Published on August 19,2021 | Edwin Paraluman and Philippine Farmers Advisory Board Chairman | The Manila Times
WHEN it comes to new agricultural technologies, seeing is believing.
I planted genetically modified (GM) corn for the first time 15 years ago when I was losing massive portions of my yield to corn borer, an insect that eats through the plant’s leaves and stalks. The results speak for themselves: GM corn saved my harvests because it was designed to withstand and deter pests.
The following season, many farmers adopted GM corn and for all of us it has transformed our lives, increased our yields and had no adverse effects.
As farmers, we have already seen the benefits of improved varieties of crops in normal conditions. The Covid-19 pandemic has made it even clearer that we need crop science innovations to support our health and economic recovery.
Now, Golden Rice – a GM variety of rice that is fortified to provide vitamin A – can help secure a better future for our children by providing the essential nutrients they need to thrive.
Vitamin A is vital for children’s development, in particular that of the eyes, among others, and is typically found in fruits and vegetables.
But for more than 15 percent of children under six in the Philippines and millions of other children worldwide, vitamin A is often lacking in their diets because nutritious fruit and vegetables are expensive and hard to access.
Inadequate food intake among Filipinos, especially those in rural and poor communities, leave them vulnerable to macro- and micro-nutrient deficiencies. The risks of not getting enough vitamin A include blindness and even death.
Local efforts have concentrated on providing supplement tablets to at-risk children – which has helped reduce child mortality by 12 percent – as well as developing programs for diet diversification. But many families tell me the supplements are not always available and that healthy food is unaffordable. As a result, children are getting left behind.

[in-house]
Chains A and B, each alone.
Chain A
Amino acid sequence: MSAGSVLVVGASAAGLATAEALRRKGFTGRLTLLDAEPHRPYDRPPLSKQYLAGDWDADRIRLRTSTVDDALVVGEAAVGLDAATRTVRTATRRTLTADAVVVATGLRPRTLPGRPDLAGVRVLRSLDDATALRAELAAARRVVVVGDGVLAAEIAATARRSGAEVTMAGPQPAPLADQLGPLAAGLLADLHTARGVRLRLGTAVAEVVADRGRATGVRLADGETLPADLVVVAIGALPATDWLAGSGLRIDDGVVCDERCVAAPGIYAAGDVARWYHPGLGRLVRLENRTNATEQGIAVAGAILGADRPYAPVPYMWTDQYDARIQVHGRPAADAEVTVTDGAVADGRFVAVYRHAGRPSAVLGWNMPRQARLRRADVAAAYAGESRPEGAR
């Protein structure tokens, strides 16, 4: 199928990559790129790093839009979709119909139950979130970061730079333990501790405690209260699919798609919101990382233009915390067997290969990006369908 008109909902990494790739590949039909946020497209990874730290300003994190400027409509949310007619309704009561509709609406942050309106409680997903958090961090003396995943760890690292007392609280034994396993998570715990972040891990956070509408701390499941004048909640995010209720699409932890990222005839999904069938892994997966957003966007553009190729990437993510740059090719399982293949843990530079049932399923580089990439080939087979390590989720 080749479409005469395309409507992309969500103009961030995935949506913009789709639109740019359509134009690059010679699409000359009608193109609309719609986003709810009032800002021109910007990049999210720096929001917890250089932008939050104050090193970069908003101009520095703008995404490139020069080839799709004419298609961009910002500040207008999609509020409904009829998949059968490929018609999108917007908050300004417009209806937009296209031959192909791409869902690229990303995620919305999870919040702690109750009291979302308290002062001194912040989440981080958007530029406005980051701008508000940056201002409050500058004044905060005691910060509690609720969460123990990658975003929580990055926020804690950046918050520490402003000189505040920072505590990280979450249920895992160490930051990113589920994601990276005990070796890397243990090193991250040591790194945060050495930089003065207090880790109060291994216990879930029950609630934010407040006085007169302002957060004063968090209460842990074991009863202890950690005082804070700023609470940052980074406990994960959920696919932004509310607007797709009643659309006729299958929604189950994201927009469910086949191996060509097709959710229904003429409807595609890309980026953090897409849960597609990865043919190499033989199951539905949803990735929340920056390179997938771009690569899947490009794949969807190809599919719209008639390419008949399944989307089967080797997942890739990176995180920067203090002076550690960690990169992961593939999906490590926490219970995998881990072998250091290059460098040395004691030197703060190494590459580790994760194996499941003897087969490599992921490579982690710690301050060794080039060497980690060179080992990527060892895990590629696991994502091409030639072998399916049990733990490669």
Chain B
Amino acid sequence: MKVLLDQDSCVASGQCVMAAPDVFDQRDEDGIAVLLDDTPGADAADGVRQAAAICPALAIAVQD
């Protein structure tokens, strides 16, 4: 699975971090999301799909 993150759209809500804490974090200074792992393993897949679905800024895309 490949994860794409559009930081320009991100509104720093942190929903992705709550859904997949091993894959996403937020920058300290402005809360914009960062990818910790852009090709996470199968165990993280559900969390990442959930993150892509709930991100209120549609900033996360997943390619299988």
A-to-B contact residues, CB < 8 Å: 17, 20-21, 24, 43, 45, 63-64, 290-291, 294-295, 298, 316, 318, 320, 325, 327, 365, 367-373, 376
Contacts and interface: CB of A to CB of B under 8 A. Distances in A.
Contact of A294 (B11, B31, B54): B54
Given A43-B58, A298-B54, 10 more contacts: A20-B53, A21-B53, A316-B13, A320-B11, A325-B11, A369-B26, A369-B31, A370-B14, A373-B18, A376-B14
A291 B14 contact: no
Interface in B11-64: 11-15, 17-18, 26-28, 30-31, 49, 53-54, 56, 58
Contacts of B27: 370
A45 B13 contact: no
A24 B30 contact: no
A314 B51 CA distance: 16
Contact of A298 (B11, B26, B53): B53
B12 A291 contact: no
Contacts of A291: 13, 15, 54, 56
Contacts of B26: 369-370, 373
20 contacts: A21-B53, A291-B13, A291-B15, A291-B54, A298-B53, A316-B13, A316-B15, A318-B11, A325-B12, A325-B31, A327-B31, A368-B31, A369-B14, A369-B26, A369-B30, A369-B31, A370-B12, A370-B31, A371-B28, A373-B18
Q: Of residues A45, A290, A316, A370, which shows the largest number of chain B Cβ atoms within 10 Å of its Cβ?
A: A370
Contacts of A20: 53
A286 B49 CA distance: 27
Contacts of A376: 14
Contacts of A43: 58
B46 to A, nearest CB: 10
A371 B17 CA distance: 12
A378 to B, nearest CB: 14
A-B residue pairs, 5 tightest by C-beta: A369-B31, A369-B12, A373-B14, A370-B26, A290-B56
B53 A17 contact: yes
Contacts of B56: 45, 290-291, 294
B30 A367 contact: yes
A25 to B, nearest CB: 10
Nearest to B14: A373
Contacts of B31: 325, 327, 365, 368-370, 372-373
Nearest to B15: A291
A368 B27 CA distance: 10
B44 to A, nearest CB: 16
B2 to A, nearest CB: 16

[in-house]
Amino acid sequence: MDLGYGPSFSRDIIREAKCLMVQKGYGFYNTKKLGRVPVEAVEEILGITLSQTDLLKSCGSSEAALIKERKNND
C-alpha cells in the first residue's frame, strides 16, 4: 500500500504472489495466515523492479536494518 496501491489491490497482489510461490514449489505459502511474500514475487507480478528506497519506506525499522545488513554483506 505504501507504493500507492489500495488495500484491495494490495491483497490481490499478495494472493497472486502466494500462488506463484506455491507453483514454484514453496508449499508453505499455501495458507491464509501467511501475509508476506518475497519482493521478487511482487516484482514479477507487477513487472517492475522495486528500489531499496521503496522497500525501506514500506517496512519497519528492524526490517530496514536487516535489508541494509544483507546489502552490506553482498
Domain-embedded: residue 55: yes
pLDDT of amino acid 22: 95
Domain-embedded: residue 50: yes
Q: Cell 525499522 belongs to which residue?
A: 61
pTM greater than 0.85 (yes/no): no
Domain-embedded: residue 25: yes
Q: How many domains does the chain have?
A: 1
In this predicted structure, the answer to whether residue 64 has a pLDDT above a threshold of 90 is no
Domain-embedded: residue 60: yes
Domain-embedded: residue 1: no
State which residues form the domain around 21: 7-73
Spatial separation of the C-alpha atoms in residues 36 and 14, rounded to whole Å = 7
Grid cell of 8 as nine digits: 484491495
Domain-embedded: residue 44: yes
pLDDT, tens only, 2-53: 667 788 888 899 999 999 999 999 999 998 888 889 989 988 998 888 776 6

Science has already made good on its promise to improve lives with GM corn. Now, science suggests Golden Rice can be an effective tool to help fight vitamin A deficiency.
For families who cannot afford fruits and vegetables, rice is the perfect vehicle to get more vitamin A. Filipinos eat almost 120 kilos of rice per year, meaning Golden Rice will give families the food their children need without requiring larger budgets or changes in eating habits.
It also provides communities and families with the tools to improve their own diets as well as their livelihoods.
As things are now, most farmers in the Philippines are subsistence farmers, focused on producing what they need to survive. Golden Rice will allow smallholder farmers to shift from growing what is needed to growing profits sustainably.
The crop, like the GM corn I planted years ago, is just as productive as traditional varieties. This means that farmers can expect similar yields with no need for additional resources or different techniques.
Given the nutritional benefits of Golden Rice, there is a built-in target market that needs the product. Between increased production and demand, Golden Rice can help grow local economies.
Sustainability is another important benefit of using GM crops. Their higher resistance to pests and diseases allows farmers to retain more of their yields and minimize pesticide usage.
The success of GM corn and the expected benefits of Golden Rice demonstrate that crop biotechnology does not need to be the controversial topic it often becomes. We can use these innovations to address nutritional and agricultural challenges that conventional methods alone fail to solve.
The path for Golden Rice’s approval has been long but with growing levels of public acceptance, farmers stand to benefit from new and improved varieties of rice as well as other crops.
Outside the Philippines, farmers are saving eggplant harvests with crop technology, too. GM brinjal has allowed farmers in Bangladesh to nearly double yields while reducing the use of insecticides.
GM corn saved many farmers’ livelihoods when we started using it 15 years ago. Now, farmers are ready for new technologies to improve yields for their families and future generations, especially during the recovery from the Covid-19 pandemic.
Farmers must receive education and training in how to get the best from Golden Rice. This time, we know just how much these innovations can change our fortunes and create a healthier future.